A Second Look: Wolf (1994)

Mike Nichol's Highly Underrated Monster Classic is Begging to be Rediscovered

by robotGEEK

Back in the early 90's, Hollywood began revamping Universal's classic monster lineup in a series of big budget classy updates that were met with mixed reviews and unfortunately didn't kickstart a whole new franchise the way the studio's hoped they would. Hiring some of the biggest names in films didn't seem to make a difference either. Yet, you look at Francis Ford Coppolla's Dracula (1992), Kenneth Brannah's Frankenstein (1994) and Mike Nichol's Wolf today, and they're damn near masterpieces. Somehow they just didn't connect with audiences and I honestly can't explain why. Every time I revisit Dracula I'm just floored by how incredible it is, and while Frankenstein isn't my favorite in the bunch, it's a very well made film in it's own right.

Which brings me to Wolf, directed by Mike Nichols, a filmmaker who's more known for his drama's and dramadies than anything else. I remember seeing Wolf when it first came out, yet somehow have neglected ever since. I wish I could tell you why, because after having revisited it for the first time in decades and just being completely blown away, I have no answer. But, here we are so let's dig in.

Wolf is a classy adult horror/thriller, a rare genre that never gets the love or recognition it deserves. It's the type of film that doesn't need to rely on gore, nudity or jump scares to get the job done. While I also love those specific things and enjoy movies that cater to them, I can also appreciate something a bit sedated like this, where most of the power comes from the storytelling, excellent direction and knockout performances. Candyman is another excellent example of this type of film, where mood and atmosphere is front and center, laying a strong foundation for a great story and even greater film.

Mike Nichols shoots Wolf in a very subdued way, never going full-on stylish, instead relying on the tight script and strong peformances to move the film along. Yet at the same time, he infuses the film with plenty of visual "references", such as the constant use of cages, bars and fences. You'll see them everywhere, even in the scenes where someone is riding on an elevator. You can tell the production team and set decorator took great pains in finding just the right locations to shoot. Nearly every building, hallway, house and even a lot of the exterior city shots had to have some sort of "cage" feel to them, and it's marvelous. It might not be something so identifiable at first, but if you pay attention, you'll see what I mean.

The casting is nothing short of perfect here. Nicholson, in an understated performance, does a helluva job as the mild-mannered publisher who, upon being bitten by a wolf, starts exhibiting odd behavior, with heightened senses, abilities and strength. These moments are great. You don't see good ol' Jack playing it calm and cool the way he does here. Even in the moments where any rational human being would explode, he's simply passive and it's such a stark contrast to what you'd expect from someone of his caliber. But for me, the real money shots are in the second half, after he's transformed. Seeing a middle-aged Jack Nicholson, complete in werewolf makeup, running around chasing victims, ripping them to shreds and protecting his new love against a menacing villain of equal strength is fan-fucking-tastic.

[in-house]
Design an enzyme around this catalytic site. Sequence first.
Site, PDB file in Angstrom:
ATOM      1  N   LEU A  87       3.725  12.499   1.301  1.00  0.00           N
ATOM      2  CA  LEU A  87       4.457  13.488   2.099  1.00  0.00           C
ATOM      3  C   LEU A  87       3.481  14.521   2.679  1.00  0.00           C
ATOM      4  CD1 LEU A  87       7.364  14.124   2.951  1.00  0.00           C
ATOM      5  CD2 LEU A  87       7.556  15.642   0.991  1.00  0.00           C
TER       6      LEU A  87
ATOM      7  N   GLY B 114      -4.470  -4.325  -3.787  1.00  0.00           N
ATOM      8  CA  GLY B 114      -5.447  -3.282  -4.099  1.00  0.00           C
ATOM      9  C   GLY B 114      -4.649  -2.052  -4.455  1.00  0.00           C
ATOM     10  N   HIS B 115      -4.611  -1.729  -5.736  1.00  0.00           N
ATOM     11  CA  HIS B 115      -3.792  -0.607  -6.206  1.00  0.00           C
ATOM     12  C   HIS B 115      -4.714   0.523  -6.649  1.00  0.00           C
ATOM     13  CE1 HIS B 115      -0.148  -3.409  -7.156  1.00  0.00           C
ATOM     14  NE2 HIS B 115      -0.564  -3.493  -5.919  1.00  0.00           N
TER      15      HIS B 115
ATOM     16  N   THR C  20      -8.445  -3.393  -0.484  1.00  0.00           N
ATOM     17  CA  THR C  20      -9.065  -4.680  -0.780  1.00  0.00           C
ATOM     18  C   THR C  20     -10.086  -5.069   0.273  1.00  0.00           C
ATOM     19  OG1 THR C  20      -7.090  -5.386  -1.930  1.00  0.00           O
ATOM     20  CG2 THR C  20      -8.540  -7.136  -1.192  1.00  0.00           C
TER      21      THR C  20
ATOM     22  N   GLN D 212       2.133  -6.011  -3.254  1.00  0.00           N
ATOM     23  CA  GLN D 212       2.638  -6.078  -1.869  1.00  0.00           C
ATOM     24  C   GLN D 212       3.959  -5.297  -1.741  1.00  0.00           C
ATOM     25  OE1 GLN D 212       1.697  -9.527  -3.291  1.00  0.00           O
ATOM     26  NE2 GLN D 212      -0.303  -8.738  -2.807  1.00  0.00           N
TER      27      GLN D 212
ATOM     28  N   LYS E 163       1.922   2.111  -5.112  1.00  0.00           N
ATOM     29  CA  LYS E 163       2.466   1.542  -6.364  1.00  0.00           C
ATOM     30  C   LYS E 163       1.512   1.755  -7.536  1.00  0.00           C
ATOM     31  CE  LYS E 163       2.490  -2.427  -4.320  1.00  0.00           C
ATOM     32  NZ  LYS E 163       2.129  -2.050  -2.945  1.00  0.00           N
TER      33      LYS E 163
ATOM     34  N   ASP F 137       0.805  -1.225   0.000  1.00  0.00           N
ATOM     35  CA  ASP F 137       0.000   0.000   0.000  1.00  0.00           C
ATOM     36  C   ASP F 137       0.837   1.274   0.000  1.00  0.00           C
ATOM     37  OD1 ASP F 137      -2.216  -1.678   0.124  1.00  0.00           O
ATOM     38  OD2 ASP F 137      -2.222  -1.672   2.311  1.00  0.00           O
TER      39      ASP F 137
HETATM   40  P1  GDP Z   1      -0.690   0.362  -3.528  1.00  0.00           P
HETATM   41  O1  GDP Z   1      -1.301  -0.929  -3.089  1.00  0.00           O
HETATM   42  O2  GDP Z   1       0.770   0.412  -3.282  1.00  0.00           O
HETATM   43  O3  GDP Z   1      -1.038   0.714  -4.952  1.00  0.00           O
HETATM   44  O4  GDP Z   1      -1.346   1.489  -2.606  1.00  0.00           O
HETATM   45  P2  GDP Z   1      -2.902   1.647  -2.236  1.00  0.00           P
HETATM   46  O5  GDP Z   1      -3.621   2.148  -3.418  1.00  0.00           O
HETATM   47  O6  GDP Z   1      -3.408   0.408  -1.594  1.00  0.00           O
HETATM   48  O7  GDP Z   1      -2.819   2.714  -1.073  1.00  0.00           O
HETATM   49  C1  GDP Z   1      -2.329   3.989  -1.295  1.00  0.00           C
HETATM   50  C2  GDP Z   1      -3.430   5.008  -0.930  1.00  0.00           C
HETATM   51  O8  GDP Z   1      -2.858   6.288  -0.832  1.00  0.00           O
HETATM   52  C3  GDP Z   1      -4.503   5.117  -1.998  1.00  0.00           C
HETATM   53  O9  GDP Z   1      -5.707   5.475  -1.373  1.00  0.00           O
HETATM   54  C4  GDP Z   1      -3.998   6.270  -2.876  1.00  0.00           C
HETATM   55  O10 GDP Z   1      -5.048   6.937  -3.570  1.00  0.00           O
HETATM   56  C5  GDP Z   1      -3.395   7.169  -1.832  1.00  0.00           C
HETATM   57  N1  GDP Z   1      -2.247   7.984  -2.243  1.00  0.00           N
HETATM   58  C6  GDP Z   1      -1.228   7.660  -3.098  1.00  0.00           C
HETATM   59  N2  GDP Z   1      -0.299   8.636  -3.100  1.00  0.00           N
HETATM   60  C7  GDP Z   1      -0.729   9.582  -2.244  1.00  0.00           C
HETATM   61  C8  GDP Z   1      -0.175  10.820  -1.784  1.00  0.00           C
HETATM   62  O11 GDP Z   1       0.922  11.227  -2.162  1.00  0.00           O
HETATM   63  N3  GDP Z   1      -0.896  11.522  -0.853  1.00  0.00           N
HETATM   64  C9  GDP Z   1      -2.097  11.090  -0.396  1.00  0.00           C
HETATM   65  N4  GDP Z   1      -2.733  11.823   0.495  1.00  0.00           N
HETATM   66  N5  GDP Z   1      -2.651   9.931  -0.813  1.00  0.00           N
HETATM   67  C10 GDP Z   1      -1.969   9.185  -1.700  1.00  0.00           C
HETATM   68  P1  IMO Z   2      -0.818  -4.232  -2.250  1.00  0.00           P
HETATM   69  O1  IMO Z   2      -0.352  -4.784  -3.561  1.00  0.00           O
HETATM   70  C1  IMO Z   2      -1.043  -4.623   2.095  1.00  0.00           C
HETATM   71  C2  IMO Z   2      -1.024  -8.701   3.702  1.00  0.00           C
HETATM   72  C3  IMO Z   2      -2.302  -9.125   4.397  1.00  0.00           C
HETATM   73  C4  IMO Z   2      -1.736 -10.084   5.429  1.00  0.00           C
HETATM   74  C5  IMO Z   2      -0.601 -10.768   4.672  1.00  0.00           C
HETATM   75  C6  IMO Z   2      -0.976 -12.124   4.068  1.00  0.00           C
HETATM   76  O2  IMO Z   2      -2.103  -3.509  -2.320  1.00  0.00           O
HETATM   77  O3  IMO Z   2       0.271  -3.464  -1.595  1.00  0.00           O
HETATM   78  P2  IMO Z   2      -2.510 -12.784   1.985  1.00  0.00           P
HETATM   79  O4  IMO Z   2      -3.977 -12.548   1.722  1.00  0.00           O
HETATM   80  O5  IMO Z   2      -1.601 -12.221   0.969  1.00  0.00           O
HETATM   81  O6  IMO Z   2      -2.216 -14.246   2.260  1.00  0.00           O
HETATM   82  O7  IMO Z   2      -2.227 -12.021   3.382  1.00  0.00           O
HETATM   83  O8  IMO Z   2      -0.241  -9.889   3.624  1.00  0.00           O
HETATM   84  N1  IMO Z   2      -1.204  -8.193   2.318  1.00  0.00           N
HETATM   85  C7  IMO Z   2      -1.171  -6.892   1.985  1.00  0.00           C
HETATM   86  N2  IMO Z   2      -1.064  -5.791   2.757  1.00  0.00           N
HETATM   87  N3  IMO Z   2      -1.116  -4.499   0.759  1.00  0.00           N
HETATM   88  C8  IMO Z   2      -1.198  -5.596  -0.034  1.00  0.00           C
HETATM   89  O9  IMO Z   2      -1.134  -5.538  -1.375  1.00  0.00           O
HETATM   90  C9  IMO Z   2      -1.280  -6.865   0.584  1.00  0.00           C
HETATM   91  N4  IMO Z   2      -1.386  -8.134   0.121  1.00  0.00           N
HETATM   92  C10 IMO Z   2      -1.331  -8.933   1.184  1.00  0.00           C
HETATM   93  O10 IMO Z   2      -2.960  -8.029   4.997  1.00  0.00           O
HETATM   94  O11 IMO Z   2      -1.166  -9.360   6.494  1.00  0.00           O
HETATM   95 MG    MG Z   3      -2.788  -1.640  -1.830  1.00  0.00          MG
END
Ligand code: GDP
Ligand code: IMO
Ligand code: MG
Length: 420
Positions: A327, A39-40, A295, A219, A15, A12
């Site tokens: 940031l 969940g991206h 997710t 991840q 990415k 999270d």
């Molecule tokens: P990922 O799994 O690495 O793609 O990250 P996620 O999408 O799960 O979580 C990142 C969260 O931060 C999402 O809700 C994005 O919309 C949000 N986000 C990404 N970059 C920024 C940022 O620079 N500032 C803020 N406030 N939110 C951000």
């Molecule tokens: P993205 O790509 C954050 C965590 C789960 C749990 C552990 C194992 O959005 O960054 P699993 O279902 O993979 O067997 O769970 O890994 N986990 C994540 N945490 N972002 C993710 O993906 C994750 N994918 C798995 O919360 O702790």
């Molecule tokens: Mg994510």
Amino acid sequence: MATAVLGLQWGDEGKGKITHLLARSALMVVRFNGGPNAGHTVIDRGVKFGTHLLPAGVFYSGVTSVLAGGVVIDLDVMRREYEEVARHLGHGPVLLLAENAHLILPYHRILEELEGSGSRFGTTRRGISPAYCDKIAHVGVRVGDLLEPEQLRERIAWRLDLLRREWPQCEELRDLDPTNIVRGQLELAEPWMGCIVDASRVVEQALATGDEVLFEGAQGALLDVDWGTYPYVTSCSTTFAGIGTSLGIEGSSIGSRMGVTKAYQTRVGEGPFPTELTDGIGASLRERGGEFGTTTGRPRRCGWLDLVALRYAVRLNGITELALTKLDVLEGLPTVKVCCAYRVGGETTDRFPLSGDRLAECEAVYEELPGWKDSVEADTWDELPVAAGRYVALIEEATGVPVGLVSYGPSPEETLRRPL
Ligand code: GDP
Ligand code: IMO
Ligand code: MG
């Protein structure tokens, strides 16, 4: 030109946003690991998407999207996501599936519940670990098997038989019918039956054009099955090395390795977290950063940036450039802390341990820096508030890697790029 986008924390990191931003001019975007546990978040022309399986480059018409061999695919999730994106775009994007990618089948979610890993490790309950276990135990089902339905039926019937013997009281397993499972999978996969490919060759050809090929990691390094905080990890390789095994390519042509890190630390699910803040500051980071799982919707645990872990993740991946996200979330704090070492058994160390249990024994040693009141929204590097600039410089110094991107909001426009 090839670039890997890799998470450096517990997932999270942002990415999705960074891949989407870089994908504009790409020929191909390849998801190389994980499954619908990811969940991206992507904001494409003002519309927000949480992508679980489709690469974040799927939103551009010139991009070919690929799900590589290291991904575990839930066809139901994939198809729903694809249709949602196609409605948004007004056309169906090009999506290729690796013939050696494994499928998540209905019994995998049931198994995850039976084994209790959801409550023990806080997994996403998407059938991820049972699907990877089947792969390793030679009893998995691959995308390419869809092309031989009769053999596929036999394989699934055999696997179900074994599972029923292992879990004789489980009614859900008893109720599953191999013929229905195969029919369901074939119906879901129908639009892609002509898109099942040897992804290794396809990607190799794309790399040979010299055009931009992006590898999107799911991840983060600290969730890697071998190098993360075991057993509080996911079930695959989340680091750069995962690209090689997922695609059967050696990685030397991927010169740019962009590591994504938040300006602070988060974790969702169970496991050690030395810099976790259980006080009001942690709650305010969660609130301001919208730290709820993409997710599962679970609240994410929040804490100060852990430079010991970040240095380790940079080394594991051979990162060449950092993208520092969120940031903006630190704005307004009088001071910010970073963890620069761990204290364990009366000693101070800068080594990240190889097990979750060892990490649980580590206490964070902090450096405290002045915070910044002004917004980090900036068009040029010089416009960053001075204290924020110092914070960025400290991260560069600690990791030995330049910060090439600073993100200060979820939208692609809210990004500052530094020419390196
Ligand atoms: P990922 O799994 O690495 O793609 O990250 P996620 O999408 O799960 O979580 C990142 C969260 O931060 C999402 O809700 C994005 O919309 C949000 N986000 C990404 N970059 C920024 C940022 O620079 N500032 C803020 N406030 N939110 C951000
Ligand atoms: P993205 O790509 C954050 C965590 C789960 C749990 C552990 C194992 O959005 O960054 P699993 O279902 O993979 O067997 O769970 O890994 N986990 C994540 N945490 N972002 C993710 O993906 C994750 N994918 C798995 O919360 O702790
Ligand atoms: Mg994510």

Speaking of the villain. If you haven't seen it yet, I won't spoil it for you here, but let me just say that what a spirited casting choice that was, and quite brilliant I might add. One of the reasons I loved this bit of casting was because at the time, this actor was sort of going through a dry spell per say. After making a big impact in the 80's, he would work continuously throughout the 90's, but mostly in minor roles. He would find a huge resurgence in the 2000's, thanks to a hit TV show, where he's continued to enjoy his newfound success. But here, he's just incredible and Wolf is a much better and stronger film because of his casting.

It should also be noted that legendary effects master Rick Baker provided the effects for this, and they're fantastic, with the climax being especially impressive. Legendary composer Ennio Morricone provided the eerily effective, yet classy score and adds yet another layer of class to the production. All of these elements make Wolf great, but it in the end it all comes down to Mike Nichol's direction, and though he had never dabbled in the horror genre before, you'd never know it. He handles it like a pro, but with an elegance and sophistication not usually seen in these types of films. And for that, Wolf is a cut above the rest.

While not one that people immediately remember (Dracula seems to be most people's favorite), I urge you to give it another go. It's smart, classy and sophisticated horror/thriller that delivers the goods in a fundamental way. Unlike Dracula and Frankenstein, which are period pieces that rely heavily on effects and strong production design, Wolf sets itself apart by taking place in a modern day city, circa 1994. It's outstanding cast, strong production design courtesy of Bo Welch, Morricone's hypnotic score, Rick Bakers impressive effects and Mike Nichol's sure-handed direction all lend themselves to an excellent film experience. Maybe it's time you revisit this underrated monster classic? I'll bet it's better than you remember.

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